This is a statement from the participants of the Justice, Peace, and Integrity of Creation Commission and Mining Seminar, held in Rome September 25-27, 2019. Chloe Noël, from the Maryknoll Office for Global Concerns, attended the seminar.
We, the participants of the Justice, Peace and the Integrity of Creation (JPIC) and Mining Seminar, representing 36 different catholic organizations and religious congregations from about 14 countries were gathered in Rome from 25 to 27 September 2019. As persons committed to JPIC, we came together in response to the ongoing crisis concerning the impact of mining activities on the environment and human rights and the role of church organizations. In the spirit and light of the Synod on the Amazon which is creating new paths for the Church, we are grateful and inspired by the blessings and fruits of creation: the land that gives us food, the rivers and seas that nourish the earth and all that nurtures life itself. We celebrate the interconnectedness and the sacredness of creation while recognizing that the earth’s goods are finite and some of them are nonrenewable.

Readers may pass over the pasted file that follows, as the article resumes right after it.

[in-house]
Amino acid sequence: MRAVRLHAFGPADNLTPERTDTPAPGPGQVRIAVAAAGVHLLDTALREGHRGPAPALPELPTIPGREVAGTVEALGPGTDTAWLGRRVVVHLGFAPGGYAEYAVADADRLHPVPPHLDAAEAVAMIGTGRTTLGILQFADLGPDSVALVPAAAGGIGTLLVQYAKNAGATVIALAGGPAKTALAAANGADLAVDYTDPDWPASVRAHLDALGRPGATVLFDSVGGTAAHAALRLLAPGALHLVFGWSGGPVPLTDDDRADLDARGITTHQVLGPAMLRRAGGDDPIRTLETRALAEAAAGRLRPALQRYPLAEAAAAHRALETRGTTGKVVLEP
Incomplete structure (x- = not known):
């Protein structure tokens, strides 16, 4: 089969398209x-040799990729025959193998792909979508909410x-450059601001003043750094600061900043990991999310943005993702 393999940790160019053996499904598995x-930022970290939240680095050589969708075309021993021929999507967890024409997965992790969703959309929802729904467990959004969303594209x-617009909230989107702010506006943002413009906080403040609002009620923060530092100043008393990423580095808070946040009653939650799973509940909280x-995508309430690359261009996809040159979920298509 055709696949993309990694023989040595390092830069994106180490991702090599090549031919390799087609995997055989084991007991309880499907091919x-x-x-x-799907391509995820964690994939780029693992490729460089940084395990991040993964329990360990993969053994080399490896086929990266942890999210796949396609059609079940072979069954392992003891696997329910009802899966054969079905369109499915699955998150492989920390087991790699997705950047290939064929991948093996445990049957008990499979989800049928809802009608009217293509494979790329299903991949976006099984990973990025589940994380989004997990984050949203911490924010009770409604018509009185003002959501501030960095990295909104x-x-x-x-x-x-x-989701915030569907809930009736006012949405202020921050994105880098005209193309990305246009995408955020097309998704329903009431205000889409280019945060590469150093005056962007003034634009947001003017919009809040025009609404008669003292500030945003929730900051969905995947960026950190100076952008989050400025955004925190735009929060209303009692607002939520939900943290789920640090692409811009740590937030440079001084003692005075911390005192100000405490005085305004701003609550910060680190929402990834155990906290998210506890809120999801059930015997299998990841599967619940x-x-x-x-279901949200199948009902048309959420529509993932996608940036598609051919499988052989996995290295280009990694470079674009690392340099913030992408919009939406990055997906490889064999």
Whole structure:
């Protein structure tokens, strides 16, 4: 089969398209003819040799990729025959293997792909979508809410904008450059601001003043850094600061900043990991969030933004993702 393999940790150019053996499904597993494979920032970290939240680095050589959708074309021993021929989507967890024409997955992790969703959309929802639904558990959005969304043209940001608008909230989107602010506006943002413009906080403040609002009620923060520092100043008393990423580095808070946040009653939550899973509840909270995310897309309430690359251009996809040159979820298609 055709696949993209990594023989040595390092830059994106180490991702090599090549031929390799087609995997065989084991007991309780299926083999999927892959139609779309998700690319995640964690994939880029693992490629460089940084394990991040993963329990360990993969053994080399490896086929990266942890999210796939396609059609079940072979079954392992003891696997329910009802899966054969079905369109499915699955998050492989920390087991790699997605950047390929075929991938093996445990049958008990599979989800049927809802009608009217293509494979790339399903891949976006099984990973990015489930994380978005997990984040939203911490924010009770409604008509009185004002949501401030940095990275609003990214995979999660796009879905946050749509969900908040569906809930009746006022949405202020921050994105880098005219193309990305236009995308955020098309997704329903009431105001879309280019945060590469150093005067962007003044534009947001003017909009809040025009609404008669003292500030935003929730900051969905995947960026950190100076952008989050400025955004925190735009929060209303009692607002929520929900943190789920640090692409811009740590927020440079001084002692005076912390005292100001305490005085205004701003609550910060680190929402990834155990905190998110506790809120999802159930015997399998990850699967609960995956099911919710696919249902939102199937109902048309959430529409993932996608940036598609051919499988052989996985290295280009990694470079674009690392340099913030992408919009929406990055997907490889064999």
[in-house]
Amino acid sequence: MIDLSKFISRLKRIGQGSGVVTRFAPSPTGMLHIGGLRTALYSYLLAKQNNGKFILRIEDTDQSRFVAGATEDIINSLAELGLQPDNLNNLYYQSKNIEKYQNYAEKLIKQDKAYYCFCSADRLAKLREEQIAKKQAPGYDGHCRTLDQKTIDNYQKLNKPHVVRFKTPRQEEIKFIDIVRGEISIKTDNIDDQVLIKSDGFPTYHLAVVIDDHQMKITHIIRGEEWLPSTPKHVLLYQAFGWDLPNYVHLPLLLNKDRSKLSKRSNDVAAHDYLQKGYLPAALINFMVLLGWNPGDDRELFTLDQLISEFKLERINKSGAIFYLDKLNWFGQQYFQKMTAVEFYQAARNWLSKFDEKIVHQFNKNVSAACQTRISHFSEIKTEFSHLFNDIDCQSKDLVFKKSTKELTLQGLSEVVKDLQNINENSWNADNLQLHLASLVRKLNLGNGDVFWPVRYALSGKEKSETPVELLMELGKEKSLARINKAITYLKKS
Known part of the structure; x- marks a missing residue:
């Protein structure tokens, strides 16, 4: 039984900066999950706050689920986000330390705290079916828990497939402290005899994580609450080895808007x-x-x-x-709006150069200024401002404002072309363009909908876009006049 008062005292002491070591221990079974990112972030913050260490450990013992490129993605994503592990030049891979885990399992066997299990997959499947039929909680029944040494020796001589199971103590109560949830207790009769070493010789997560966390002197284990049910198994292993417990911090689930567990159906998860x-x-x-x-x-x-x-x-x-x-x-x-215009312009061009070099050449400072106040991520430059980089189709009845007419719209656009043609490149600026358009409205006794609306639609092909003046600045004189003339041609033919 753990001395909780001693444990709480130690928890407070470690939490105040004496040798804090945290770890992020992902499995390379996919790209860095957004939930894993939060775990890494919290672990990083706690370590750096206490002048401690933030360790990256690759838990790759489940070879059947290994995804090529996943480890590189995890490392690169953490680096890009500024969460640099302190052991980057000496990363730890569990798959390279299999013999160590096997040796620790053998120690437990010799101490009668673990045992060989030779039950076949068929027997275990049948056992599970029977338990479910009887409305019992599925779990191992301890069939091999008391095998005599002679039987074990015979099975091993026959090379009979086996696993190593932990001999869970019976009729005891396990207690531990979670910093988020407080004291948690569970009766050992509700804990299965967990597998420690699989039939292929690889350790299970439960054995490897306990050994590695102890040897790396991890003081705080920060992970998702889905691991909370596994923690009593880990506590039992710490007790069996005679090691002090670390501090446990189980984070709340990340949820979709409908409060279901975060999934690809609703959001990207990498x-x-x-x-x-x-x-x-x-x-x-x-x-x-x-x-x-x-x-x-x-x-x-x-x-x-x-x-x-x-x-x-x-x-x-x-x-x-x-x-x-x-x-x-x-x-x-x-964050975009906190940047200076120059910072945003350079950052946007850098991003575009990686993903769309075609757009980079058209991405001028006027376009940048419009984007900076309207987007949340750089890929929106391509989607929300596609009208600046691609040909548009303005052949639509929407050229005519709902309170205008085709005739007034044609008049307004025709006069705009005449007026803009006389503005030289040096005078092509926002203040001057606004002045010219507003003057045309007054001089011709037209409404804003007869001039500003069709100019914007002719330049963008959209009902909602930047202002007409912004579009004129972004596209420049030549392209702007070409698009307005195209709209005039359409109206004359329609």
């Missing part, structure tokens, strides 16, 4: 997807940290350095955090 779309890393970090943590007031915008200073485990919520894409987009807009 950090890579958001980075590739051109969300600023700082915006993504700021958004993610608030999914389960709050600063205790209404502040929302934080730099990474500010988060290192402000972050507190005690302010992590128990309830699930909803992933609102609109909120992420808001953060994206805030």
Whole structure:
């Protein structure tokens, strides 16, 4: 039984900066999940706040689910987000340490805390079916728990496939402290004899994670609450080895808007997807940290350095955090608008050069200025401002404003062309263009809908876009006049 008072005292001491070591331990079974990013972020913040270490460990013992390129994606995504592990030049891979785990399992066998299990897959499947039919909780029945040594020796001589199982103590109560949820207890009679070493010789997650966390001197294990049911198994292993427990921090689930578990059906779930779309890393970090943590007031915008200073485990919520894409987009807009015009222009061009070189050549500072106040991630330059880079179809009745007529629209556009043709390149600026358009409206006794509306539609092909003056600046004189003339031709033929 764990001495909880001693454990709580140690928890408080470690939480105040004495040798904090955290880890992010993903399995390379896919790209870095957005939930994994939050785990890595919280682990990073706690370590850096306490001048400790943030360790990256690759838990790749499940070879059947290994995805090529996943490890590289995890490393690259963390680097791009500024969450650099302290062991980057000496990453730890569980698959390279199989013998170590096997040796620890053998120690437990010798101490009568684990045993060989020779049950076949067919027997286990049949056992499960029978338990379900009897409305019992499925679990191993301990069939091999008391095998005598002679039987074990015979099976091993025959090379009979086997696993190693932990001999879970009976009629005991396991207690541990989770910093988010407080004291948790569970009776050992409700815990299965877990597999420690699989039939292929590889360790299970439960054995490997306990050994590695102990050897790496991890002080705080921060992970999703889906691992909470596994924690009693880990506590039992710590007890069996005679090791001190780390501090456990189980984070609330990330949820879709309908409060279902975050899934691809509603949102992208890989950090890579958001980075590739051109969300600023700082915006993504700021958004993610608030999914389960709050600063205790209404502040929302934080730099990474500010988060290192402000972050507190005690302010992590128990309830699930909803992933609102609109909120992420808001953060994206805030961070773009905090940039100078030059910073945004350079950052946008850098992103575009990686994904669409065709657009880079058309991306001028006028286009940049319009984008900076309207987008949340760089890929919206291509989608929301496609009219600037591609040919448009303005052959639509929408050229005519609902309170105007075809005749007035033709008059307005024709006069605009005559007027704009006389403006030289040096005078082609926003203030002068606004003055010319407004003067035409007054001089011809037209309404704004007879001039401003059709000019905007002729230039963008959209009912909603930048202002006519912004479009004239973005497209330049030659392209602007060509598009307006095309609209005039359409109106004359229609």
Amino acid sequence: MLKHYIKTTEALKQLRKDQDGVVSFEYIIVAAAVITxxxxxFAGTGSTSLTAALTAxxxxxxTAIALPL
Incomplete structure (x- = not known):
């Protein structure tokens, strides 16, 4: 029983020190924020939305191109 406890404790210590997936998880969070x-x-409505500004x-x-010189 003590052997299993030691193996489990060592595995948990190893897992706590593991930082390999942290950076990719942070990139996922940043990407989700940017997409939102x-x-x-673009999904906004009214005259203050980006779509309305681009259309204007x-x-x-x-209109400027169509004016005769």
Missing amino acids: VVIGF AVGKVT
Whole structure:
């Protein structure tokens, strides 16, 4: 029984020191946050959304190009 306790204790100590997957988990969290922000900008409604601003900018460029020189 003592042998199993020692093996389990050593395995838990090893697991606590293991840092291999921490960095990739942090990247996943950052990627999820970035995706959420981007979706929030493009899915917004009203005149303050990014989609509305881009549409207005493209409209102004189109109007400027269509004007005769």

We hear the cry of the earth and the cry of the poor and we are deeply saddened by the reality, as we have witnessed the continuing destruction of our common home. This destruction, as also described by Laudato Si’, causes great distress. In turn, it calls for a prophetic response on behalf of the communities and nature affected by the extractive development model.
The current model of extractivism is devastating and destroying our common home. It devours the earth’s finite goods, creates cycles of violence and injustice, displaces people from their homes, livelihoods and cultures, and fosters a materialistic and throwaway culture.